For low-income urban communities, basketball has two distinct advantages. It requires less space than football or baseball. And, because it involves almost no special equipment, it’s cheaper than other sports.
“Protestant and Protestant-affiliated and public institutions were a little bit richer, and they could draw from a higher or broader class range, and they could offer more sports,” said Byrne. “It wasn’t that they didn’t have basketball, but they had football too. For the Catholic urban schools, they did basketball because it was the cheapest, and they did basketball exclusively.”
As a result, schools could devote more resources to their basketball programs. Even today, only two Catholic universities compete in the top echelon of college football, and many don’t have football teams at all.
Catholic schools also benefited from a strong network of Catholic Youth Organization leagues.
“A lot of that (basketball success) has to do with CYO teams, back in the day, which were open to students from poorer neighborhoods who tended to go to Catholic schools,” said Deanna Howes of the Association of Jesuit Colleges and Universities.
Altogether, Catholic immigrants came to the right places at the right times to develop a strong basketball tradition.
“If Jewish people had been the most populous immigrant group in the cities at the same time, then it would have been Jewish basketball,” said Byrne.
But Catholic basketball it was. Immaculata College, a small Catholic school in Philadelphia, won the first three women’s college championships. Between 1945 and 1965, four Catholic institutions won a combined five national men’s championships.
One of those titles went to Loyola University Chicago, a Jesuit school that was, controversially, among the first integrated NCAA teams to regularly include more than three black players in its starting lineup.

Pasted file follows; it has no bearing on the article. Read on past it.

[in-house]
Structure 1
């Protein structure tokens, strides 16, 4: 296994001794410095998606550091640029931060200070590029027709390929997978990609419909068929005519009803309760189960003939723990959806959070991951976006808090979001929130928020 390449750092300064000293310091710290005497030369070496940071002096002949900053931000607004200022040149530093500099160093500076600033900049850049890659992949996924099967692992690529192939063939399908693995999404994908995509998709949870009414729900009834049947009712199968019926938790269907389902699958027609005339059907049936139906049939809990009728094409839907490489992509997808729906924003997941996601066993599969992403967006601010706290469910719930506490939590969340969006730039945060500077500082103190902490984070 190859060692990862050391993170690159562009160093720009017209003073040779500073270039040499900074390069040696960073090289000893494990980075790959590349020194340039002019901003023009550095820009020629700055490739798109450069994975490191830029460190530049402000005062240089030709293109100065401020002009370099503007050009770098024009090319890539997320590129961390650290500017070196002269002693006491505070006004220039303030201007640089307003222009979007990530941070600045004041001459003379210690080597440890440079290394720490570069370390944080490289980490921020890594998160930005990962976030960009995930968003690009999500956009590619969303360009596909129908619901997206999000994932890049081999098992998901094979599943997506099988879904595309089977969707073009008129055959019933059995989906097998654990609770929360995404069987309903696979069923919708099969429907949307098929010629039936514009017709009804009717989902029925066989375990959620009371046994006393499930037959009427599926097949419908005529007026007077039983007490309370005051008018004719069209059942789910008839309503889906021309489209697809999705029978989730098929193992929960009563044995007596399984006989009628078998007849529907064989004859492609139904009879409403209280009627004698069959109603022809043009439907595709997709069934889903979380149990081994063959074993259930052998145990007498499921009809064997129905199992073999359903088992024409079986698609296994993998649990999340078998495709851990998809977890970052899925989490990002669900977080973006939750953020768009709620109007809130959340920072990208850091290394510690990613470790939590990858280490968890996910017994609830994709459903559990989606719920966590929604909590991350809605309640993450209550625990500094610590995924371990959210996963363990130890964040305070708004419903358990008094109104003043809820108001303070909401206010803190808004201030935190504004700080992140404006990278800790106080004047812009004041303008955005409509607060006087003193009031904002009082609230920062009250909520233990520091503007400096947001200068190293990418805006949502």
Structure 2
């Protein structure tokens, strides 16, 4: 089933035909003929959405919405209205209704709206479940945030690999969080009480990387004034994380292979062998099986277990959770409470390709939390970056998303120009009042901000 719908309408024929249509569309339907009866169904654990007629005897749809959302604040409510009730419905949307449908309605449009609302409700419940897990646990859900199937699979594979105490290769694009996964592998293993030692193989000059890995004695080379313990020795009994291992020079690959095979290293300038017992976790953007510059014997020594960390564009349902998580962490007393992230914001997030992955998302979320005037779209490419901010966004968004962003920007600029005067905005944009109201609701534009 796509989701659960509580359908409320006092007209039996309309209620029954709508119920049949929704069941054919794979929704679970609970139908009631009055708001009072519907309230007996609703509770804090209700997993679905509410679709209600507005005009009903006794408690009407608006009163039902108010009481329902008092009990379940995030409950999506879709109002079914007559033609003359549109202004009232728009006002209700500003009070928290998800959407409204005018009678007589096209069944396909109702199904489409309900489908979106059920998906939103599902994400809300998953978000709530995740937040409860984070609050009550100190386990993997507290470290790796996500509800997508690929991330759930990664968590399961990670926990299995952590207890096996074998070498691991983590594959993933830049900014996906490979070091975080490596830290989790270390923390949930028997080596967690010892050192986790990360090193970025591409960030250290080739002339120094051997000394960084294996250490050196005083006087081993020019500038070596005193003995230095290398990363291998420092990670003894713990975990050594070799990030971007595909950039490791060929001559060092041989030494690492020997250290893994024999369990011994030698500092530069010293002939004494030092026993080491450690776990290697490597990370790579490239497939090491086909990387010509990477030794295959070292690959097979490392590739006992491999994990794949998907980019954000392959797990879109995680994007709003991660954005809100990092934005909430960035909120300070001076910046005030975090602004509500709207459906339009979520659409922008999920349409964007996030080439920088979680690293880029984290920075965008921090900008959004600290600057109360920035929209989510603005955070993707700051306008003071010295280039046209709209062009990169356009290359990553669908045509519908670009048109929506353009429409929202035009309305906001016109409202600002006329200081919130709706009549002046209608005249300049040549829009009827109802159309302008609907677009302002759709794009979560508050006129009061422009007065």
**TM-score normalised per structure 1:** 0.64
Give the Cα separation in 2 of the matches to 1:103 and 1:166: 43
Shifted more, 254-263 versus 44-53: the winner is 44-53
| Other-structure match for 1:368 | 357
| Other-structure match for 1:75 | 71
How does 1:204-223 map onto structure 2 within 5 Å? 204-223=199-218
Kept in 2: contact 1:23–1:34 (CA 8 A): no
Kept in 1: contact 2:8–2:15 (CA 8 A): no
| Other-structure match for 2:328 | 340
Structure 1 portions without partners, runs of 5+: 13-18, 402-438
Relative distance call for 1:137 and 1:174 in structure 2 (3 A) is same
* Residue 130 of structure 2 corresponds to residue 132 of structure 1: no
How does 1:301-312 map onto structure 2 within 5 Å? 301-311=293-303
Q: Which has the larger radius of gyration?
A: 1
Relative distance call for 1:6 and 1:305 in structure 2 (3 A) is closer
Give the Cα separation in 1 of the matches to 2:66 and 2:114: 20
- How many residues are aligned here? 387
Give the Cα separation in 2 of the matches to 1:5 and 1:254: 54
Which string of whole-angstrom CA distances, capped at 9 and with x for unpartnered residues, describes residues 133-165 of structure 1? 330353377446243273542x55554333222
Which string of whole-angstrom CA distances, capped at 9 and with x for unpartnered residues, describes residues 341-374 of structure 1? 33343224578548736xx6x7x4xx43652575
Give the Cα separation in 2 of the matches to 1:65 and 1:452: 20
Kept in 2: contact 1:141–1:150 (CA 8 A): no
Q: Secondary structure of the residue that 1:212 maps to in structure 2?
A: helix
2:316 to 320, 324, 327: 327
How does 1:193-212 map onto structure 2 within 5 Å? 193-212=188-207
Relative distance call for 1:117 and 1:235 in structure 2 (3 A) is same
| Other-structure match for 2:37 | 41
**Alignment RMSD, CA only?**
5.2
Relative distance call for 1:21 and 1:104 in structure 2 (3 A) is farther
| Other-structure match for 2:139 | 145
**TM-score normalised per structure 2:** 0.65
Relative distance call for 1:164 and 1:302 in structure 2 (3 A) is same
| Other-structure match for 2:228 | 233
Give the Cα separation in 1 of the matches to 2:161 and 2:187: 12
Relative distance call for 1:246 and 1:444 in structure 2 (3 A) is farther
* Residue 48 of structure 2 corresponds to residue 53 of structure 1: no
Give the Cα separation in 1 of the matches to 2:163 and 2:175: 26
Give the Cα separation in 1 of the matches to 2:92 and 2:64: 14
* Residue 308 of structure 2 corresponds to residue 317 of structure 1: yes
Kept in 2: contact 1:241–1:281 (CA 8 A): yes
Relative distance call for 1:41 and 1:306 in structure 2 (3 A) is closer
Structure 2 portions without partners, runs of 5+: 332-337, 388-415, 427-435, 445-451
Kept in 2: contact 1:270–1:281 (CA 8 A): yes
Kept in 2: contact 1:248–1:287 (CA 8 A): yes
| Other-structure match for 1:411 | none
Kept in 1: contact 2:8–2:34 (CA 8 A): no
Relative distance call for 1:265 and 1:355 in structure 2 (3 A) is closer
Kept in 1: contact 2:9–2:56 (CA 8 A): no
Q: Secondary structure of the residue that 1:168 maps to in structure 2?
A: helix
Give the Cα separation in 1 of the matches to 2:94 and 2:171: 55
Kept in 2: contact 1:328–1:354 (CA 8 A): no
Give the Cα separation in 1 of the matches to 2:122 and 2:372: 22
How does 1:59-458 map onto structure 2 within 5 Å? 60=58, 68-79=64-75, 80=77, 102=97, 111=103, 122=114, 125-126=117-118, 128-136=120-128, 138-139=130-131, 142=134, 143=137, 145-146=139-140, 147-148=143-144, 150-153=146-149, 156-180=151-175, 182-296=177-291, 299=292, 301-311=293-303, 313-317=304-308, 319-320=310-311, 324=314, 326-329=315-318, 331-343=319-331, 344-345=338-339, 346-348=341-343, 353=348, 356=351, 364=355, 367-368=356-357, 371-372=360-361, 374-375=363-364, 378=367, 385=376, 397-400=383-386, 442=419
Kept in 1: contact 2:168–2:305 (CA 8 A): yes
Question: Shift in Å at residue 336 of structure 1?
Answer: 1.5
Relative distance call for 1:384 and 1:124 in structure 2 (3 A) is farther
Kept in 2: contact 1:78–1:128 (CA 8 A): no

Today, basketball offers national publicity to small colleges. Jesuit schools, said Howes, have recently been exploring ways to “use basketball as a means of reaching out to the broader public about the beauty and the value of a Jesuit higher education.”
To some, the hypercommercialized world of NCAA Division I athletics — dominated by television networks, multimillion-dollar budgets and minor scandals — might seem like a questionable place for religious institutions to compete.
But the Rev. Michael Steltenkamp, a Jesuit priest, argues that Catholicism and college basketball are fundamentally compatible. Steltenkamp, a professor at Wheeling Jesuit University and a self-described jock, gave a talk to the WJU men’s team this year, “trying to familiarize them with the Jesuit tradition of basketball.”
During his talk, Steltenkamp recited a prayer written by St. Ignatius of Loyola, founder of the Jesuit order. “Teach me,” the prayer concludes, “to fight and not to heed the wounds, to toil and not to seek for rest, to labor and not ask for any reward except for that of knowing that I do your will.”
Recalling his preseason speech, Steltenkamp adds a hard-court gloss to the 16th-century prayer: “Leave it all on the court.”